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The cost of the floods in Pakistan has reached $18 billion.

The Centre’s estimate of the fast assessment cost of anticipated economic losses following floods, which the provinces supported, has increased further to the tune of $17–$18 billion.

Due to the destruction of agricultural crops on 8.25 million acres as opposed to the previous estimate of 4.2 million acres, the economic losses have significantly escalated. Significant damage has been done to minor crops such as cotton, rice, and minor crops, and improper de-watering might have a negative impact on the sowing of wheat.

Most of the country’s cotton crop has vanished, and now wheat planting is in jeopardy.A summary for raising the minimum support price of wheat for the upcoming harvest has been tasked to the Ministry of National Food Security.

The officials met with international donors and gave them assurances that Pakistan would set up an efficient monitoring and assessment mechanism to use every dollar to transparently reduce flood losses.

“The UN secretary-general is scheduled for a three-day visit on Friday (today), and Islamabad will split the cost of the fast assessment with him. International donors working under the World Bank’s supervision are currently completing separate studies on damage and need assessments, after which these numbers will be compared,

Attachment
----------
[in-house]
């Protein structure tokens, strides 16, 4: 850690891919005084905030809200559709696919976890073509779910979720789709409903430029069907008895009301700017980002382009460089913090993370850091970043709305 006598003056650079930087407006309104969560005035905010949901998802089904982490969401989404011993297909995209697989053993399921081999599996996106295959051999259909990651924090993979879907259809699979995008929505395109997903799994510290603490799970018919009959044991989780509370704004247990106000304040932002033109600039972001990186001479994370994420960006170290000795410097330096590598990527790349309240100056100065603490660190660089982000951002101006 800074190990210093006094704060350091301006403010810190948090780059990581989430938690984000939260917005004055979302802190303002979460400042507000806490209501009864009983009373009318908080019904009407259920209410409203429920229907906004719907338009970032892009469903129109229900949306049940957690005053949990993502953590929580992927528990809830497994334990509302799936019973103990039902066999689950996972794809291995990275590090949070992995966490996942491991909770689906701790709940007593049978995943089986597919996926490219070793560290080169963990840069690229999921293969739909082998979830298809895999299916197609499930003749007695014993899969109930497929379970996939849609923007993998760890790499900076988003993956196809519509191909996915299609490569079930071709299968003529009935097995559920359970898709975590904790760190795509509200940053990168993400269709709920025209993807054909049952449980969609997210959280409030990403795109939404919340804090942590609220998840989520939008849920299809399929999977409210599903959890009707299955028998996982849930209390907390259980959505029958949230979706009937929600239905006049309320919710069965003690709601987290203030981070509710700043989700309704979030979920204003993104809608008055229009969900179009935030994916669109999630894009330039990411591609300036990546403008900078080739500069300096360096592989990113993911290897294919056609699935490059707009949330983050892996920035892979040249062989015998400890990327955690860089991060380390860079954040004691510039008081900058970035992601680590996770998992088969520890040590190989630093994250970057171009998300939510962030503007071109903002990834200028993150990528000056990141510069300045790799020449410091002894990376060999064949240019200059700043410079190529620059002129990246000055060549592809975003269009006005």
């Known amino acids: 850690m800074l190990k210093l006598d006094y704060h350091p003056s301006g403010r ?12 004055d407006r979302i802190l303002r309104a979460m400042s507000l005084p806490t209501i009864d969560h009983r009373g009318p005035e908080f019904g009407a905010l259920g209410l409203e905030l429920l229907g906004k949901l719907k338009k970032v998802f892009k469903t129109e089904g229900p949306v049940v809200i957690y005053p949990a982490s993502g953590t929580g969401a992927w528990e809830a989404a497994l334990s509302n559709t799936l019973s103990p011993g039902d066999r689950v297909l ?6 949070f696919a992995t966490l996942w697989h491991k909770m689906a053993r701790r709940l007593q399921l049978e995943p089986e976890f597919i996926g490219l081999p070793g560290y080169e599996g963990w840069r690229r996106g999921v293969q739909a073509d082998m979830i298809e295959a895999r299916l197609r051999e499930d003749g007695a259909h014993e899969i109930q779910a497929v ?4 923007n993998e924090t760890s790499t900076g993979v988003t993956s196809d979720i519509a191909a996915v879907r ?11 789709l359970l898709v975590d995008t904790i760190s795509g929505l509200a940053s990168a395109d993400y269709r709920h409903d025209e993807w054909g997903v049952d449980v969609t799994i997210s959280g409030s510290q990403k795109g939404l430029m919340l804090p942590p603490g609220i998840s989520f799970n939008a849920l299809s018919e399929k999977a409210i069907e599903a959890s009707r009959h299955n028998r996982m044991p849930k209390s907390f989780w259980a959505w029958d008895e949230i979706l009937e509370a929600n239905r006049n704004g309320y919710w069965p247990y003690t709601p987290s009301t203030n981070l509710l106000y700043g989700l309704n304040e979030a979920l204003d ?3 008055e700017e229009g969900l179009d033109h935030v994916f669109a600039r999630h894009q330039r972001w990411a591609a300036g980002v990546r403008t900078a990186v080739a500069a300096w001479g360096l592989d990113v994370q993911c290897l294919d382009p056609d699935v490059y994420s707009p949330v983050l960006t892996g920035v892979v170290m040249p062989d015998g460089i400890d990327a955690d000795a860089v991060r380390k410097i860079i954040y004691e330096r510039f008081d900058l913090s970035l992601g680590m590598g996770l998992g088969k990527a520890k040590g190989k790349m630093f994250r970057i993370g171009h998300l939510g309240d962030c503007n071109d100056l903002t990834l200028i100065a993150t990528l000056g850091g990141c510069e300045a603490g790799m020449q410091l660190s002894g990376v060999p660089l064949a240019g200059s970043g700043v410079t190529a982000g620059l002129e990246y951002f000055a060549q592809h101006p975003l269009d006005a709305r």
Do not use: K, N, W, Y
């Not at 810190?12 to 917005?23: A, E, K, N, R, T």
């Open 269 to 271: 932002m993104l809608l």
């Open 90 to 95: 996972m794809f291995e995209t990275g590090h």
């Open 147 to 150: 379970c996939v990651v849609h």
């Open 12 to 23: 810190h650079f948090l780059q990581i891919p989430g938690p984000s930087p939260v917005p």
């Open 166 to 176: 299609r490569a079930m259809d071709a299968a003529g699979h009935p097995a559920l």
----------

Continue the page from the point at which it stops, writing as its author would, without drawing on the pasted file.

The Public Sector Development Program (PSDP) is being reduced by 250–300 billion rupees by the Ministry of Planning, from Rs800 billion to Rs500–550 billion for the current fiscal year. The flood-affected areas will receive these resources instead.

When asked about the most recent rapid assessment cost, Minister of State for Finance Aisha Ghaus Pasha declined to provide specific details and instead stated that attempts were being made to finalise the cost by providing a deadline.

The government had first estimated that the rapid assessment exercise would result in economic losses costing $10 to $12.5 billion, but the updated estimates indicated that the total cost of economic losses had increased to $17 to $18 billion.

Following the slower GDP growth, a slowdown in per capita income is anticipated. For this fiscal year, the government had projected a GDP growth rate of 5%. The IMF has predicted that the GDP growth for the current fiscal year would be 3.5 percent. The industrial sector also showed signs of slowing down, and the floods caused damage to the agricultural sector, thus the GDP growth may go below 2%.